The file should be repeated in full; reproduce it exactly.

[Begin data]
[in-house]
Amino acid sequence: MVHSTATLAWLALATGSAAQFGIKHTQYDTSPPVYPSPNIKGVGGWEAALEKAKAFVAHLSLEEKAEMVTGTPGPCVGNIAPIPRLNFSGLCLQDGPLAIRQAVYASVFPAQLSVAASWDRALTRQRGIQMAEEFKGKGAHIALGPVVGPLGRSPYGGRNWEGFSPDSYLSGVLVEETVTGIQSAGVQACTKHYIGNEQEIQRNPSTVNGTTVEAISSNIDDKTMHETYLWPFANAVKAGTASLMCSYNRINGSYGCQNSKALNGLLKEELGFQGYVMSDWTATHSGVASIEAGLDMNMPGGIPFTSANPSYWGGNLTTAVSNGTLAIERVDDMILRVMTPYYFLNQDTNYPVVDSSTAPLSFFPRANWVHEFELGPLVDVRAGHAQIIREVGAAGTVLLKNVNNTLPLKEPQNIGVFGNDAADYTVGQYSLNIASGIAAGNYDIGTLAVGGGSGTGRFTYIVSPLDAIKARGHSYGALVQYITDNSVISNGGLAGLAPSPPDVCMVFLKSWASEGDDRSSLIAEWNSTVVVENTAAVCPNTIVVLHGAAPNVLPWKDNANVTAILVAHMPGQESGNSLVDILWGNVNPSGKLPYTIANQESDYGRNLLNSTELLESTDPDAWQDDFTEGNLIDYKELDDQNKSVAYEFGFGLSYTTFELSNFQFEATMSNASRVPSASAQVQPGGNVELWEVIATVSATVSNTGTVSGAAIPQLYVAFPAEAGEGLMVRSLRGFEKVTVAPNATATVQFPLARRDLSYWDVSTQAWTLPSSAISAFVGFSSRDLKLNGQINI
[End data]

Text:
[in-house]
Amino acid sequence: MVHSTATLAWLALATGSAAQFGIKHTQYDTSPPVYPSPNIKGVGGWEAALEKAKAFVAHLSLEEKAEMVTGTPGPCVGNIAPIPRLNFSGLCLQDGPLAIRQAVYASVFPAQLSVAASWDRALTRQRGIQMAEEFKGKGAHIALGPVVGPLGRSPYGGRNWEGFSPDSYLSGVLVEETVTGIQSAGVQACTKHYIGNEQEIQRNPSTVNGTTVEAISSNIDDKTMHETYLWPFANAVKAGTASLMCSYNRINGSYGCQNSKALNGLLKEELGFQGYVMSDWTATHSGVASIEAGLDMNMPGGIPFTSANPSYWGGNLTTAVSNGTLAIERVDDMILRVMTPYYFLNQDTNYPVVDSSTAPLSFFPRANWVHEFELGPLVDVRAGHAQIIREVGAAGTVLLKNVNNTLPLKEPQNIGVFGNDAADYTVGQYSLNIASGIAAGNYDIGTLAVGGGSGTGRFTYIVSPLDAIKARGHSYGALVQYITDNSVISNGGLAGLAPSPPDVCMVFLKSWASEGDDRSSLIAEWNSTVVVENTAAVCPNTIVVLHGAAPNVLPWKDNANVTAILVAHMPGQESGNSLVDILWGNVNPSGKLPYTIANQESDYGRNLLNSTELLESTDPDAWQDDFTEGNLIDYKELDDQNKSVAYEFGFGLSYTTFELSNFQFEATMSNASRVPSASAQVQPGGNVELWEVIATVSATVSNTGTVSGAAIPQLYVAFPAEAGEGLMVRSLRGFEKVTVAPNATATVQFPLARRDLSYWDVSTQAWTLPSSAISAFVGFSSRDLKLNGQINI